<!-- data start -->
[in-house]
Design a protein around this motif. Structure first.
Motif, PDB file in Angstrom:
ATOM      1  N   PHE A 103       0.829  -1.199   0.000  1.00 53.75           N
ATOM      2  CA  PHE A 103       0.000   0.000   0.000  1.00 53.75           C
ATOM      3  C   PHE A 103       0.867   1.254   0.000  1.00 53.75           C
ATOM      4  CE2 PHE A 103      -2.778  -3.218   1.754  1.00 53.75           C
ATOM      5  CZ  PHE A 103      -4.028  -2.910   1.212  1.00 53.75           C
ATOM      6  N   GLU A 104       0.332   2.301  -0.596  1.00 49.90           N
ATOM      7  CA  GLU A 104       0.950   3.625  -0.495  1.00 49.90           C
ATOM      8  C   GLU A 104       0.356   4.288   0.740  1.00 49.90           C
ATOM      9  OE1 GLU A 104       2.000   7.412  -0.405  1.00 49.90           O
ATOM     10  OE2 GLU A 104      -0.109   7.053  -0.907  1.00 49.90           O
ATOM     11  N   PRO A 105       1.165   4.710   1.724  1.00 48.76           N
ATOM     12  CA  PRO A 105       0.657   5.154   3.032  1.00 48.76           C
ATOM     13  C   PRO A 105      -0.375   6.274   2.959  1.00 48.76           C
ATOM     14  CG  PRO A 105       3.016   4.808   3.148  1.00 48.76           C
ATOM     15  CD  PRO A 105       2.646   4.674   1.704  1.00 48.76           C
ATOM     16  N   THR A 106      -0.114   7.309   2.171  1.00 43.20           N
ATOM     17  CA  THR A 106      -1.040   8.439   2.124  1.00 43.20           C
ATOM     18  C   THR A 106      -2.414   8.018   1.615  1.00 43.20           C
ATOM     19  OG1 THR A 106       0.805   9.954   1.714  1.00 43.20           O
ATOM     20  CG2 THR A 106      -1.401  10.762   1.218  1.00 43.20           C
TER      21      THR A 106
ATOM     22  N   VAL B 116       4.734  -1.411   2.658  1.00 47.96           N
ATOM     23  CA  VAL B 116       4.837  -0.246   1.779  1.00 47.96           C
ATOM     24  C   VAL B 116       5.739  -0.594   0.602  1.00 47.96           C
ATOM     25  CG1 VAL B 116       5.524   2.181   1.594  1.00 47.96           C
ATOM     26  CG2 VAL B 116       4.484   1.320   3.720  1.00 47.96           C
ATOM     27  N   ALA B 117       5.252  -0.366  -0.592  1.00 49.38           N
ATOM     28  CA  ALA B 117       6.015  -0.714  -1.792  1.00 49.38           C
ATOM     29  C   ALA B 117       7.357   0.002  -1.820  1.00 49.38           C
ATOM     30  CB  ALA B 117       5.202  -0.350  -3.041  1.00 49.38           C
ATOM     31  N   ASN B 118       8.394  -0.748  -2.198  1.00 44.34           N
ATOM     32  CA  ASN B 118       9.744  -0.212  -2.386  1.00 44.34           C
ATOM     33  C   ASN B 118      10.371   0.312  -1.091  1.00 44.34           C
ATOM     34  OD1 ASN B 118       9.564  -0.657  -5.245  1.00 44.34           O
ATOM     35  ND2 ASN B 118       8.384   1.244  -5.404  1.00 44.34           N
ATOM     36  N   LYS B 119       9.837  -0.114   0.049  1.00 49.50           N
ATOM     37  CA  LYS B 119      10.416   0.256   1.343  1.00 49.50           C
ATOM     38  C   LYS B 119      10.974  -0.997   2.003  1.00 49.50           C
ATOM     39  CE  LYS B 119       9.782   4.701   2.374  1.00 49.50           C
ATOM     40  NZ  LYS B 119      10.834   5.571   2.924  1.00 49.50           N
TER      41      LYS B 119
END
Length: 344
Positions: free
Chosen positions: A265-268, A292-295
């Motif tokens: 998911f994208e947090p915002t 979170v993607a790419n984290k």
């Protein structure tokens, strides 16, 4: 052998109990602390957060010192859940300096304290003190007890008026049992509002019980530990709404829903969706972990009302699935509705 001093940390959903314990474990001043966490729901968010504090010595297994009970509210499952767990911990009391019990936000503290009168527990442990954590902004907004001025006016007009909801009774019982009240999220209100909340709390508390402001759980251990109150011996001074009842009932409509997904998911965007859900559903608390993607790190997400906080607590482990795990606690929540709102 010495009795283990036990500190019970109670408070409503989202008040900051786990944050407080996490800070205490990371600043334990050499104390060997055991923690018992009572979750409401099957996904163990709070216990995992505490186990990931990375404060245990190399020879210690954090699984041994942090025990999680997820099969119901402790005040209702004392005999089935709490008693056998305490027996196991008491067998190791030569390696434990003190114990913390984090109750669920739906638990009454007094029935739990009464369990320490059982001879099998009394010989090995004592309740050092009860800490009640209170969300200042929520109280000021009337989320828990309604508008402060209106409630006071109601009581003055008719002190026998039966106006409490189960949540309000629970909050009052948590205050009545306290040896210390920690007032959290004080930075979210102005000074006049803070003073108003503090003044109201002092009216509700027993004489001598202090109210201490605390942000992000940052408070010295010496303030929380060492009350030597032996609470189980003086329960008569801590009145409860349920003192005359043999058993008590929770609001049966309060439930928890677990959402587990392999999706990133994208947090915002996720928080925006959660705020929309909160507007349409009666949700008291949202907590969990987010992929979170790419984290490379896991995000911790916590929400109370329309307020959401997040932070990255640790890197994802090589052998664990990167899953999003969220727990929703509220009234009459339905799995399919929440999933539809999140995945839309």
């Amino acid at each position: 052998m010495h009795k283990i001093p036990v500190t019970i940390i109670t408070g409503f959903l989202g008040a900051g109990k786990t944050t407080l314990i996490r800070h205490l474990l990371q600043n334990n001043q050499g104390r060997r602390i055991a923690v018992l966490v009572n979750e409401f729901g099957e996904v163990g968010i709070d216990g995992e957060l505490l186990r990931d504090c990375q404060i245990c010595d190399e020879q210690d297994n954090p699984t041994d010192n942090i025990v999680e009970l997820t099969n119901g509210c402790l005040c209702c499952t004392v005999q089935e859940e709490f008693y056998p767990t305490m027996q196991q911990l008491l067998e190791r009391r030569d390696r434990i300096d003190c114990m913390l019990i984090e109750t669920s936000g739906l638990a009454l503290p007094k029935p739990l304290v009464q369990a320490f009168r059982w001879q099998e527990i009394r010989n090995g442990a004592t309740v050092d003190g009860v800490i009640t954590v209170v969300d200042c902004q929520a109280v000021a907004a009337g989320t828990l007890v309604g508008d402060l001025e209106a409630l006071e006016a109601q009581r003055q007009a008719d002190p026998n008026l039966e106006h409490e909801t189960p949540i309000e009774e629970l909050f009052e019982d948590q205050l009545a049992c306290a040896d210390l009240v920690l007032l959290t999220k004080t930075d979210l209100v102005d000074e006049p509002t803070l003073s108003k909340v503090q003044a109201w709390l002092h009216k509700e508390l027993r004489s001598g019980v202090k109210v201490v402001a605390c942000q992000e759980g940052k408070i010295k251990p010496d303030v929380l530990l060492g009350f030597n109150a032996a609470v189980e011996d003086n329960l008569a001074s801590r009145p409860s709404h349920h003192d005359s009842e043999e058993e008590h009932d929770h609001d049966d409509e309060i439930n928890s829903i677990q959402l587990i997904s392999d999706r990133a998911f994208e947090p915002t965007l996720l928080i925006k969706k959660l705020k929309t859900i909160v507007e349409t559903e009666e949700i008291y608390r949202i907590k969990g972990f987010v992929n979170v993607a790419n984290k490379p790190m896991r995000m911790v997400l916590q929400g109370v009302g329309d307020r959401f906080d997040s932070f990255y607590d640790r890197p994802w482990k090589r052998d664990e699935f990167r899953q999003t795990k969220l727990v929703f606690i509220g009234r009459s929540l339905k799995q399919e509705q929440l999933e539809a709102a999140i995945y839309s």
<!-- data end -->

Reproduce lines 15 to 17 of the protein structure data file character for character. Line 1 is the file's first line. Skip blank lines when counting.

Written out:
ATOM     12  CA  PRO A 105       0.657   5.154   3.032  1.00 48.76           C
ATOM     13  C   PRO A 105      -0.375   6.274   2.959  1.00 48.76           C
ATOM     14  CG  PRO A 105       3.016   4.808   3.148  1.00 48.76           C